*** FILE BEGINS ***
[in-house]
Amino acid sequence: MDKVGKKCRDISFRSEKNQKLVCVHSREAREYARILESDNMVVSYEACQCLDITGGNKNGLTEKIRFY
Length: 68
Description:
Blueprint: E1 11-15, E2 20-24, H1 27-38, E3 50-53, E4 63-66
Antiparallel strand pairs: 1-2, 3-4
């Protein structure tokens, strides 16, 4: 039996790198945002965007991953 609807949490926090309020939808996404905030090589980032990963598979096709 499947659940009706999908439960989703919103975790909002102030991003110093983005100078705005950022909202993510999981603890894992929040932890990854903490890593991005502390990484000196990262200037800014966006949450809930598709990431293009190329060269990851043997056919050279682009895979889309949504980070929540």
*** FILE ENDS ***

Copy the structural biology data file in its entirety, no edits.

[in-house]
Amino acid sequence: MDKVGKKCRDISFRSEKNQKLVCVHSREAREYARILESDNMVVSYEACQCLDITGGNKNGLTEKIRFY
Length: 68
Description:
Blueprint: E1 11-15, E2 20-24, H1 27-38, E3 50-53, E4 63-66
Antiparallel strand pairs: 1-2, 3-4
């Protein structure tokens, strides 16, 4: 039996790198945002965007991953 609807949490926090309020939808996404905030090589980032990963598979096709 499947659940009706999908439960989703919103975790909002102030991003110093983005100078705005950022909202993510999981603890894992929040932890990854903490890593991005502390990484000196990262200037800014966006949450809930598709990431293009190329060269990851043997056919050279682009895979889309949504980070929540």